In Canada, the patchwork system of laws governing same-sex marriage has run into serious trouble. Foreign couples who previously exchanged vows on Canadian soil may now find their marriages invalidated. Beyond a PR disaster, the issue shows the still-fragile coalition of countries or sections of countries which have legalized the practice. In addition, the current legal fight shows the evolution of marriage over time.
In particular, same-sex couples have now run into the challenge of seeking and obtaining a divorce.
The renewed attention was sparked by the case of an unidentified lesbian couple who married in Canada in 2005 but split up in 2009. The partners are living in Florida and the United Kingdom. Both women want a divorce, but cannot get one where they now live because the state of Florida does not recognize their marriage, and although the U.K. grants civil partnerships to same-sex couples, it does not recognize the Canadian marriage.
The couple went to court last June seeking a Canadian divorce, despite the federal Divorce Act's one-year residency requirement, which they do not meet. Their submission argues the rules are discriminatory, and the couple is seeking $30,000 in damages for negligent misrepresentation by the province of Ontario if their marriage is found to be invalid.
This proceeding once again begs the question: what is the real enemy of marriage? As the situation above shows, same-sex couples can and do get divorced. They will continue to desire to dissolve their marital unions in the ways that heterosexual couples always have. Sexual orientation is the only significant distinction present here.
Homosexuality simply isn’t the destructive force upon society as some conservatives may believe. If gay marriage cannot be characterized as a slippery slope towards crumbling morals and perverse sexual practices, other answers must suffice. Should we wish to have a truly honest discussion, let us consider other options.
One line of argument speaks to a simple lack of personal responsibility or because of external factors. According to this philosophy, marriages in Western society that don’t last are the fault of those who obtain them. People get married for all the wrong reasons. Some get married too soon. Others marry to try to compensate for larger personal problems. Some marry seeking acceptance within themselves and others. Some marry because they've been believers in an idealized fantasy not borne out by reality. Some marry because marriage is culturally expected. These are but a few.
Marriage isn’t the force it once was. More and more, people seem to believe H.L. Mencken's acerbic comment that marriage is a wonderful institution, but who would want to live in an institution. Increasing, no distinction is culturally drawn between cohabitation and the formal, legal process. Speaking to older conceptions of the process, in eleven states, plus the District of Columbia, common law marriage is still legal. For example, in DC, the statue reads,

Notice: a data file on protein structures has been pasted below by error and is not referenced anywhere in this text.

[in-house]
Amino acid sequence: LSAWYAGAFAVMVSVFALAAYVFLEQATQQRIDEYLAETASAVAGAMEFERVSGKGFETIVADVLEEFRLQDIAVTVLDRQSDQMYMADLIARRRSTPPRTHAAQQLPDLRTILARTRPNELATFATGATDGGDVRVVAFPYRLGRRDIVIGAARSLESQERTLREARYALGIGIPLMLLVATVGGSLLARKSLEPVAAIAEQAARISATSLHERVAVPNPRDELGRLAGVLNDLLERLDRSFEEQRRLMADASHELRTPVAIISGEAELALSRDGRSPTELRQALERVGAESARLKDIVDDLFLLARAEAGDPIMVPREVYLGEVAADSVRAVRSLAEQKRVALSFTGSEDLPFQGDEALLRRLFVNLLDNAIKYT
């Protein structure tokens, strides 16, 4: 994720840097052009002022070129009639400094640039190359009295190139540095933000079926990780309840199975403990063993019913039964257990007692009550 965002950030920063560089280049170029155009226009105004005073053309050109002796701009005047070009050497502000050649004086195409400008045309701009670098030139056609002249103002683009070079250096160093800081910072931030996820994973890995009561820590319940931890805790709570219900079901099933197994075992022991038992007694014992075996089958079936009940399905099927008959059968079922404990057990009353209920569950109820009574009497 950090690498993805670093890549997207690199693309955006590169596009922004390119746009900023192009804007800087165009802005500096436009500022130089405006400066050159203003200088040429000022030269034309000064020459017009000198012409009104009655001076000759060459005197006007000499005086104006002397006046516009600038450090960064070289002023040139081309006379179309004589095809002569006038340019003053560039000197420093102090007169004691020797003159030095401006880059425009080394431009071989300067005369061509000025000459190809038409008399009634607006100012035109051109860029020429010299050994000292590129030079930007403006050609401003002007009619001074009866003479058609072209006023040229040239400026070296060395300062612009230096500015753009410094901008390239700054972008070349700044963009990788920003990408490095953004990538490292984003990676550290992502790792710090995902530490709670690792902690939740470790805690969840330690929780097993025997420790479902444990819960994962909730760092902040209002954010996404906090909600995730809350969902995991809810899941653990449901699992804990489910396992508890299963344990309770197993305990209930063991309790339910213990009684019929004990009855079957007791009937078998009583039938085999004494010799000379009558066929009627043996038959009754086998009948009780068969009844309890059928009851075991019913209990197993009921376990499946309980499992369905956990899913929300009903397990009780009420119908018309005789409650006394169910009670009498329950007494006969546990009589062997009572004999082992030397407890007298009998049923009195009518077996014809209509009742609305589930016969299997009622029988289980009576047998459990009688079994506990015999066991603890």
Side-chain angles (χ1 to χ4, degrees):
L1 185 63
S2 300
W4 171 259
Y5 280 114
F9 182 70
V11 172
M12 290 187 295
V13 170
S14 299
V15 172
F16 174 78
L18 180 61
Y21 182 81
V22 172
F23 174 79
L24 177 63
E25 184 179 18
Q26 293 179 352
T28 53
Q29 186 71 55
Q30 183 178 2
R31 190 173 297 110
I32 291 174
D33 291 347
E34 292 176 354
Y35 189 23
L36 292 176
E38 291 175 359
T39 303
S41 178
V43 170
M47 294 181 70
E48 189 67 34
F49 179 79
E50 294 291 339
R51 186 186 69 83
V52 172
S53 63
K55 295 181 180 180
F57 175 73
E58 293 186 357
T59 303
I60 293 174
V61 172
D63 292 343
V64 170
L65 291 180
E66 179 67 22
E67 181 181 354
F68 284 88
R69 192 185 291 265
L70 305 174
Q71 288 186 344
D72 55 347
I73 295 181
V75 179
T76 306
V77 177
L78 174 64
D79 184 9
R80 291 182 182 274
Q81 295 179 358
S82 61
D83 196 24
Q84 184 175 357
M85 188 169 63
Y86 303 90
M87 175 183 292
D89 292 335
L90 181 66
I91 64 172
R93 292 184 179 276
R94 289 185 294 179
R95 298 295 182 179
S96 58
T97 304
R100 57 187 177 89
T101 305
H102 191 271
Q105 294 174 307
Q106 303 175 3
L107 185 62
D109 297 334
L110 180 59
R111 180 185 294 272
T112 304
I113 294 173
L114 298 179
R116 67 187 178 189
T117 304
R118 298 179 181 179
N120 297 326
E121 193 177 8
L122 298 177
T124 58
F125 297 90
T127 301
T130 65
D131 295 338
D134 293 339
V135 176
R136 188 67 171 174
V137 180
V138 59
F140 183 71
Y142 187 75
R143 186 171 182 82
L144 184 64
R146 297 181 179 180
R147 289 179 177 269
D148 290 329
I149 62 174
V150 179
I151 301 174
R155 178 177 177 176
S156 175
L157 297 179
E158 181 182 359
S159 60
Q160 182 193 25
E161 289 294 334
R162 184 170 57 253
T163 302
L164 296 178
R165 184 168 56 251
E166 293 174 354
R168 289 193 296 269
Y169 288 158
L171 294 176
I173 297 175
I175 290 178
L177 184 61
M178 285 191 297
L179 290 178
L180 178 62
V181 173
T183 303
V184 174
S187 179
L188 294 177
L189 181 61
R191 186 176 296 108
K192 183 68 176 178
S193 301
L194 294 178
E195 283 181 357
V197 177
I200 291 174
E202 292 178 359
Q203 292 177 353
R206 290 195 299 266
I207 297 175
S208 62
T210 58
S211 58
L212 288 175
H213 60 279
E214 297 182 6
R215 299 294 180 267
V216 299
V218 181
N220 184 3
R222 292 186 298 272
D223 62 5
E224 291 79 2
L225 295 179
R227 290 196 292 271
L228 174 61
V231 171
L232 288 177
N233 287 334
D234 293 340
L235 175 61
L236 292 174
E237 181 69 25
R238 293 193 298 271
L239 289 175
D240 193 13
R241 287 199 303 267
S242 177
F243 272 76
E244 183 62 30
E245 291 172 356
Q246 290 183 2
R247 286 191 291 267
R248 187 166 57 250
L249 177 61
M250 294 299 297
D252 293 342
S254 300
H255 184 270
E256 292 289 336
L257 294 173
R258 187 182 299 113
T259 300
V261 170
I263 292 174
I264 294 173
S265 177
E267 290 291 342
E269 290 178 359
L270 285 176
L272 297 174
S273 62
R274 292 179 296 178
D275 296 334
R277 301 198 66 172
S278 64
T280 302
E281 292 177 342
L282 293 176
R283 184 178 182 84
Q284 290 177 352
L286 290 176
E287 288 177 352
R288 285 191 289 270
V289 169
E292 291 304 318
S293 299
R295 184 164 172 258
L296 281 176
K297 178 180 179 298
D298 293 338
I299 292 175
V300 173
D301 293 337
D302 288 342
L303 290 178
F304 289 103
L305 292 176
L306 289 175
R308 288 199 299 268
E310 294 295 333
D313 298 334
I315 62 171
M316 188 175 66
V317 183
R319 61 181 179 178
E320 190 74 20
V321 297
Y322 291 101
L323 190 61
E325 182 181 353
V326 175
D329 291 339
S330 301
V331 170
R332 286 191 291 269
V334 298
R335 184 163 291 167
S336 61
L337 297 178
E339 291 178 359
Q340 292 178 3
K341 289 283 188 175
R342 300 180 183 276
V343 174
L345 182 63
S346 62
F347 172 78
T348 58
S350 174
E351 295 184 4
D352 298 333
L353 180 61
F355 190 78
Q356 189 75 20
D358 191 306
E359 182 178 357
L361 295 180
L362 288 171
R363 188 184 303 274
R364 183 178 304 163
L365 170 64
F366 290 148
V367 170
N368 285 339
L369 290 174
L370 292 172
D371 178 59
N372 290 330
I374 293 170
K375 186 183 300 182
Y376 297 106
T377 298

"A marriage that is legally recognized even though there has been no ceremony and there is no certification of marriage. A common-law marriage exists if the two persons are legally free to marry, if it is the intent of the two persons to establish a marriage, and if the two are known to the community as husband and wife."By that definition alone, I can think of at least three couples I know personally. In addition to those parameters, I know many others who have been happily living together for a long while. The way this statute is worded, verbal intention alone is a satisfactory requirement. For those in their twenties and thirties, marriage is something to be done eventually, but not for a while.
Sharing living space with someone else is common practice, a means of testing the relationship for its solidity and lasting power. Many of our parents got divorced, then frequently re-married afterward. We've juggled step-siblings and dual visits on holidays. We might be forgiven for being a little suspicious.
A few unintended similarities are also present here. Older gay couples often see no reason to be married, believing the ceremony itself is so tainted by discrimination that they want no part. Some have lived together with partners for years. They see no need to confirm formally the bonds of lasting commitment. As far as they were concerned, they never once believed marriage equality would be legal anywhere.
In the meantime, it remains to be seen whether the strict parameters governing same-sex marriage will lessen with time. The liberties that exist now are the product of compromise, even in more ideological liberal countries, portions of countries, and U.S. states. An unsatisfying back and forth is probably in the works for the next several decades.
Even with those legal maneuvers, the state of legal marriage among heterosexual couples will continue to change. If precedent is any indication, some young adults have soured enough on the concept to believe that marriage is unnecessary. How curious that the marriage fight might eventually only be among those who actually hold it in high esteem, sexual orientation aside.